ED STASIUM FEEDS ON MANLEY PREAMPS
Chino, CA - With more than four decades of engineering and production experience and a long list of noteworthy credits, Ed Stasium knows a thing or three about sound. Today, the former member of New York's legendary Power Station studio works at his Southern California home, relying on a DAW as his main production tool and Manley Dual Mono two-channel and FORCE four-channel tube preamplifiers as his analog front end.
"In this digital world, we have to get the best analog going into the box that we possibly can," Stasium insists. "The Manley Dual Mono and FORCE provide the maximum tubage getting into the box. I record a lot of drums here, and I am thankful for Manley tube preamps; without them, I wouldn't want to record drums straight into the DAW. With the FORCE and Dual Mono, the drums sound fabulous!"
A firm believer in getting the best possible analog sound before converting to digital, Stasium likes to record with natural ambience, like the 20-foot-high entryway to his home. From there, he relies on quality mics and Manley preamps, with minimal processing. "The Manley Dual Mono and FORCE are so clean, and the gain on them is so good, I can even use my 1937 RCA PB-90 velocity mic with them," he relates. "A lot of preamps I've used don't give you enough gain for that. When you put a vintage ribbon mic through the Manley, the sound is wide open. It sounds fantastic, so clean and quiet. I don't need to EQ; I don't need to do anything."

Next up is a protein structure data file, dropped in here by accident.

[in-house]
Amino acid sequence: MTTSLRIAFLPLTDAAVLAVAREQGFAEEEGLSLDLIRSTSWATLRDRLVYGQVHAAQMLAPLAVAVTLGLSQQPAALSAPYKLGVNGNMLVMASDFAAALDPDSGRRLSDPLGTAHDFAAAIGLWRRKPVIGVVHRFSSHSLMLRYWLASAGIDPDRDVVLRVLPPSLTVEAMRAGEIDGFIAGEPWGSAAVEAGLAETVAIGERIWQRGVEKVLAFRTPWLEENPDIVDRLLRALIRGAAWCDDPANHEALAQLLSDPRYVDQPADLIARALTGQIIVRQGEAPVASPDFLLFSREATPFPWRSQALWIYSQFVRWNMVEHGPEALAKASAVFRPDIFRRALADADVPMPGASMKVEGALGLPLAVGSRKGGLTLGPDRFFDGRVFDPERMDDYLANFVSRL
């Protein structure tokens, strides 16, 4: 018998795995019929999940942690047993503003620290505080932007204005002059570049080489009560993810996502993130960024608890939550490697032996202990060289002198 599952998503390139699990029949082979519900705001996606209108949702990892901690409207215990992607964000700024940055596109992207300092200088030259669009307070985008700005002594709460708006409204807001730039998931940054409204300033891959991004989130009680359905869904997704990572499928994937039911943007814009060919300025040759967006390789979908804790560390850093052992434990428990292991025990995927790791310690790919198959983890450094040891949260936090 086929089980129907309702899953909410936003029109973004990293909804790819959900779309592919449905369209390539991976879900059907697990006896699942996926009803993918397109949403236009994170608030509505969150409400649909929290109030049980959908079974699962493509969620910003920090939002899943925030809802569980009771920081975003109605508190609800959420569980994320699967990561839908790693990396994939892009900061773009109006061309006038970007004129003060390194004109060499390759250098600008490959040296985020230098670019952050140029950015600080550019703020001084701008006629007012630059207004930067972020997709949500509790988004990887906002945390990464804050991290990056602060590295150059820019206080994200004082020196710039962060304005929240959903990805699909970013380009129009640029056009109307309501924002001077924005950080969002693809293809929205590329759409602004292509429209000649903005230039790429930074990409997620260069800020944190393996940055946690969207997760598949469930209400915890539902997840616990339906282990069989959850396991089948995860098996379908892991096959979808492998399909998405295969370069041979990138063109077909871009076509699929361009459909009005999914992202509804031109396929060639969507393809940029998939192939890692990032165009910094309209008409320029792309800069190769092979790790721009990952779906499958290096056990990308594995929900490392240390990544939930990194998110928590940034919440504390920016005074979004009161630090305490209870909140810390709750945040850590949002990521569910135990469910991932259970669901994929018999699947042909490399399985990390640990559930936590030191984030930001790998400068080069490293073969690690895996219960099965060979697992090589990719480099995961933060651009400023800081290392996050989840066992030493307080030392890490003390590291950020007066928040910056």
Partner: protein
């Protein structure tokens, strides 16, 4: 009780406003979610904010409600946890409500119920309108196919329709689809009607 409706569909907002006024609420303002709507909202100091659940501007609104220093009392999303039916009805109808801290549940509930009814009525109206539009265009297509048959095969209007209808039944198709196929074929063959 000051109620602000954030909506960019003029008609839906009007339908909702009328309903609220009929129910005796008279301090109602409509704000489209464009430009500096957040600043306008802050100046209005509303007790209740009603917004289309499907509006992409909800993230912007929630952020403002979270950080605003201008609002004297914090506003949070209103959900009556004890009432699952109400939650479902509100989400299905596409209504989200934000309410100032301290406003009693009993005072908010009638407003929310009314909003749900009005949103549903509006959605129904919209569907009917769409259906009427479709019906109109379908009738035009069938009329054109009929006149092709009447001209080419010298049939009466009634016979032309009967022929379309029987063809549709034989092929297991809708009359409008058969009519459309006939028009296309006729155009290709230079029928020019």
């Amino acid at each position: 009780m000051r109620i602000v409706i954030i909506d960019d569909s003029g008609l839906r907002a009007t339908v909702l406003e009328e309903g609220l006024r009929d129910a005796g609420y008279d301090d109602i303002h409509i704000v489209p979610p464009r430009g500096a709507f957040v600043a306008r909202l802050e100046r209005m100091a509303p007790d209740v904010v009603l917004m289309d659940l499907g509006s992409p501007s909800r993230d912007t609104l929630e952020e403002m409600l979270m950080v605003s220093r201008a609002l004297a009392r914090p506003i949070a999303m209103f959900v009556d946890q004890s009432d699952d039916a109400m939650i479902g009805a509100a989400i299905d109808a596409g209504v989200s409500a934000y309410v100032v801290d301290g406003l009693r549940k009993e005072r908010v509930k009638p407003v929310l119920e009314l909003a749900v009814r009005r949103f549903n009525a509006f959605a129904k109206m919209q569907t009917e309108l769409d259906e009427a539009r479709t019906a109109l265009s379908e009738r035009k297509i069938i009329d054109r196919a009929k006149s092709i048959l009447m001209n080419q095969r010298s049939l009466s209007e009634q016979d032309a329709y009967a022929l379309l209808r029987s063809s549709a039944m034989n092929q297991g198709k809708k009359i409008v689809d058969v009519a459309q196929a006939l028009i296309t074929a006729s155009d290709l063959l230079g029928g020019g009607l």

Although he doesn't talk much about his success, preferring to let the music speak for itself, Stasium's credits include records by the Ramones, Talking Heads, the Smithereens, Living Colour, Peter Wolf, Mick Jagger, Jeff Healey, Joan Jett, Marshall Crenshaw, and Motorhead. He recorded and mixed his first gold single, Gladys Knight & the Pips' "Midnight Train to Georgia," back in 1973, when he had been engineering professionally for only a year. He has been there and done that, and when he offers an opinion, it's wise to listen.
"I mix a lot of tracks that people have recorded in their homes, and too often the tracks sound really bad. But they don't have to be like that," he advises. "A Manley preamp makes a huge difference. Put a Manley FORCE up front, so you have four tube preamps. Then put just four mics on the drum kit: kick, snare, and a couple of overheads; that's all you need. Run those four mics through the FORCE for maximum tubage, and you'll get a great sound."
Clearly, Stasium is a Manley true believer. "The Manley FORCE and Dual Mono are so precise and true, I love them," he proclaims. "I can't live without them!"